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Auditory Processing Disorders (APD)

Summary: Auditory Processing Disorder (APD), or Central Auditory Processing Disorder (CAPD) is a condition which makes it more difficult to hear, especially in noisy situations, even when a hearing test is normal. This can cause problems with learning, mood and behaviour, and can even mimic other conditions such as attention deficit disorder (ADD/ADHD).
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Auditory Processing Disorder (APD), or Central Auditory Processing Disorder (CAPD) is a condition which affects how people hear the sounds around them. APD makes it more difficult to hear, especially in noisy situations, even when a hearing test is normal. 


If you or your child has APD, you may notice some of the following:

  • Difficulties hearing when there is background noise despite normal hearing.

  • Difficulty following multi-step, or multiple instructions.

  • Difficulty following rapid or accented speech.

  • Lower school achievements than would be expected, given results of a cognitive evaluation.

  • A history of multiple ear infections.

  • Delays in reading and spelling noticed since Grade 2 or 3.

If you or your child has noticed 2 or more of these symptoms, an APD may be present.  APD can only be diagnosed by an audiologist who has experience with APD testing.


Sam is a 8 year old boy who is performing well in school except in reading and spelling. He can read familiar words, but does not seem to know how to attack unfamiliar vocabulary. He always needs the instructions repeated in class, and has difficulty focusing in gym class. He has difficulties paying attention during group activities, but not when he is alone with the teacher. People wonder if he has attention deficit disorder.


Mary is in her 50s. She has been unhappy for some time because she feels that her family is upset with her. Her husband seems irritable, but denies he is angry with her. Friends seem to react negatively during get-togethers. She is wondering why her life is so miserable, and is considering counselling.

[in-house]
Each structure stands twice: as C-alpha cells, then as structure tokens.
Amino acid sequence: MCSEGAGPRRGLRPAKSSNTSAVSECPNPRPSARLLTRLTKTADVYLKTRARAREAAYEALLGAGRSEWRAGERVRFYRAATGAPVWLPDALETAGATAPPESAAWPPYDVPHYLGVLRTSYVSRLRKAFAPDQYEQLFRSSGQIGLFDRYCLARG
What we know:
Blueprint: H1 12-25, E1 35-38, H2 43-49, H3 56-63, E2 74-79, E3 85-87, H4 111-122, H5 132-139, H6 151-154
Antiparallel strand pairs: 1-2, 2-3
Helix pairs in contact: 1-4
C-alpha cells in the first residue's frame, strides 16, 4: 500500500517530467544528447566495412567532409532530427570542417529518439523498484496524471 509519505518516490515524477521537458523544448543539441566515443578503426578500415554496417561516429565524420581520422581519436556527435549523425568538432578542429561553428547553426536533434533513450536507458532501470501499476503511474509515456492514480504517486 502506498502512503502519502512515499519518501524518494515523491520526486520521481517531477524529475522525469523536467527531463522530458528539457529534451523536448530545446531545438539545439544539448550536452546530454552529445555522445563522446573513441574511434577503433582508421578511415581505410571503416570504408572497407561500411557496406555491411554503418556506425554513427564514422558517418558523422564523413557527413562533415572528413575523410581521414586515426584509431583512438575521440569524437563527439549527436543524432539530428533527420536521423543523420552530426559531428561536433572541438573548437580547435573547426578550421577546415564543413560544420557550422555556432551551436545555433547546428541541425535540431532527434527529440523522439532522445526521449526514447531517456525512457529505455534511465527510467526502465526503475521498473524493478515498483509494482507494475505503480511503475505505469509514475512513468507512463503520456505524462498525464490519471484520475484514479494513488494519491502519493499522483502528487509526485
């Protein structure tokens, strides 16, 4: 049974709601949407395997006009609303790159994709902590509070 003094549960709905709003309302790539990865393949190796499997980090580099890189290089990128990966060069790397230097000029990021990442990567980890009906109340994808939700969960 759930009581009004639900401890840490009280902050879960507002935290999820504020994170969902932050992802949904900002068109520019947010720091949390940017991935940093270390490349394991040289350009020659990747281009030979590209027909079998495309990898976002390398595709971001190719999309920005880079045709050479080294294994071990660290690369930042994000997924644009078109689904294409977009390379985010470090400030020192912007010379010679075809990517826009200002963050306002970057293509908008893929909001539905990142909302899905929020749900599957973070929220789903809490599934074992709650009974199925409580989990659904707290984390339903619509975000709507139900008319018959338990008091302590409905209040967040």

Joe prefers to hang out with adults rather than kids his own age. He gets teased often, and teachers notice that he does not get along well with the other children. His mother remarks that Joe takes things literally, and is confused by jokes. He speaks in a monotone. He has not met all the criteria for Aspergers Syndrome.


Mark is struggling in school. His teacher uses a lot of handouts but Mark has difficulty following along, more so when the classroom is noisy. His parents think he ought to be getting better grades because he seems smart enough. Even gym class poses problems when he has to use both hands or feet during activities. Mark reports that he has difficulties picking up the lyrics to songs, which is a source of great amusement to his friends.

What is APD?

Auditory Processing Disorder (APD) is a condition where someone has normal hearing, but the auditory system does not faithfully bring information to the brain. In other words, the brain is unable to properly process the information it has heard, and thus the person ends up having trouble understanding what is heard.


An older term for this is Central Auditory Processing Disorder (CAPD), however because all auditory processing has to occur centrally (i.e. inside the brain), it is thus redundant to use the term 'central', and hence the simpler and shorter term "auditory processing disorder (APD)".